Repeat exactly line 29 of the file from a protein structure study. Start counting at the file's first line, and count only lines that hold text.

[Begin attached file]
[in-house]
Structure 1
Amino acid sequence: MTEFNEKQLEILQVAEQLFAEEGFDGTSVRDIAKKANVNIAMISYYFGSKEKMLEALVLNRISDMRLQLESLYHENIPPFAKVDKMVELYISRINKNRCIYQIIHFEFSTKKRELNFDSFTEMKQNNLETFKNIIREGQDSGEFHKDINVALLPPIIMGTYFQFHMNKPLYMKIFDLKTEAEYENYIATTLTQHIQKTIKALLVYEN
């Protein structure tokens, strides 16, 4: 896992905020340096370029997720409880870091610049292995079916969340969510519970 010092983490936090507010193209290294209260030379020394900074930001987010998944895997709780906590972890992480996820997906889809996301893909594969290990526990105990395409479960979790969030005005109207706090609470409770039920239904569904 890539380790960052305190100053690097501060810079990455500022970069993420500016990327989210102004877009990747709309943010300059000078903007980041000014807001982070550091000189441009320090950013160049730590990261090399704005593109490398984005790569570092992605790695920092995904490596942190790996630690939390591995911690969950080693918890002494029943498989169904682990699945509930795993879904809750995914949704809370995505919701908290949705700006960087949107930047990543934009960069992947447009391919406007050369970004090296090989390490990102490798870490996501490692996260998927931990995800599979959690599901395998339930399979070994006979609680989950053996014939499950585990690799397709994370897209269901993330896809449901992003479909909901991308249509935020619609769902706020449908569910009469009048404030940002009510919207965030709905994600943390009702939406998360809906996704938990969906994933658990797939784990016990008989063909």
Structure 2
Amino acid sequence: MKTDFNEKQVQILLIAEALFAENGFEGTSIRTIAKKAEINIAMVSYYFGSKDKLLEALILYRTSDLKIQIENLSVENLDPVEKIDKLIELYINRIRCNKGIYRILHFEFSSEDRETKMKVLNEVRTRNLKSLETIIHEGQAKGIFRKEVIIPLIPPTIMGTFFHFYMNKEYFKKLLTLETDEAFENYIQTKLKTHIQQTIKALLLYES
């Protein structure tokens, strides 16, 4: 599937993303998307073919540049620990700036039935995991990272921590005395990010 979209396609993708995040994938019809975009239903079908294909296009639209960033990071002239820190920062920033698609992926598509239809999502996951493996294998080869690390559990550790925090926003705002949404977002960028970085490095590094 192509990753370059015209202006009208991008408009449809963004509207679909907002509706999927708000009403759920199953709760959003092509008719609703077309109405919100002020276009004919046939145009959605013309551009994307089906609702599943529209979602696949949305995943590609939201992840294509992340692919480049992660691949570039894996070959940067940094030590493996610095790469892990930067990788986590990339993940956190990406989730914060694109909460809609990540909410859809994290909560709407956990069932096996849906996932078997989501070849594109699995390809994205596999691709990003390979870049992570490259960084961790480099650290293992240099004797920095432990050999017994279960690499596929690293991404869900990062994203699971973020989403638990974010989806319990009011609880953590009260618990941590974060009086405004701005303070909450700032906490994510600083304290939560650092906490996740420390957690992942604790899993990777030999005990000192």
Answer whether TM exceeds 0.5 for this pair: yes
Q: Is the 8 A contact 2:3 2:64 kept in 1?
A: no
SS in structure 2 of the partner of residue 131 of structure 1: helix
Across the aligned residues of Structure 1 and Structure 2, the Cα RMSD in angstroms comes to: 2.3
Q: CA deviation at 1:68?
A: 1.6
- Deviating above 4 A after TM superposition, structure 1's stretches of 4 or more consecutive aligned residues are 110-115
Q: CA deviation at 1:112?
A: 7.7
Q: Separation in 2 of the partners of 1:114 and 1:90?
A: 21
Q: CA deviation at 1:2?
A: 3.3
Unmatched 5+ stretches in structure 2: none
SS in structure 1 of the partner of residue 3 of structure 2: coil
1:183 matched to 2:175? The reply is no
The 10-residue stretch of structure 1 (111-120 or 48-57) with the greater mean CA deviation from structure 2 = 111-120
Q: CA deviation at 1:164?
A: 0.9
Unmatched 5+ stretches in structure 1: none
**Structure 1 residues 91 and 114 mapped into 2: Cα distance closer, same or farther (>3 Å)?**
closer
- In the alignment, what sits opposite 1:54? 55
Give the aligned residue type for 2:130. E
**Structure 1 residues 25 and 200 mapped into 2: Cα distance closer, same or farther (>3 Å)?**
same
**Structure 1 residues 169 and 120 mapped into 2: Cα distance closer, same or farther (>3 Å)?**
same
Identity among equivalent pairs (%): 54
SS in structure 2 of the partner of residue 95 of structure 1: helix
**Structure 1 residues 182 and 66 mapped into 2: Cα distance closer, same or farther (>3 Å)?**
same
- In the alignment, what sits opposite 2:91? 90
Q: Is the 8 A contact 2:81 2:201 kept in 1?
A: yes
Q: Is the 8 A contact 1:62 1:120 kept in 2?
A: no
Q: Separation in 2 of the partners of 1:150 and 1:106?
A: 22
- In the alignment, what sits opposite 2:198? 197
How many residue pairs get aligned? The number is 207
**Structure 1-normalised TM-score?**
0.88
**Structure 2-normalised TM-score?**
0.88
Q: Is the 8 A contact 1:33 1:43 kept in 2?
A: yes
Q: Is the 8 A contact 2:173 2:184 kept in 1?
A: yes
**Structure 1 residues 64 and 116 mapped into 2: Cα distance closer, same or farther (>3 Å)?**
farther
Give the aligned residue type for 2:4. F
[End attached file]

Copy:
**Structure 1 residues 91 and 114 mapped into 2: Cα distance closer, same or farther (>3 Å)?**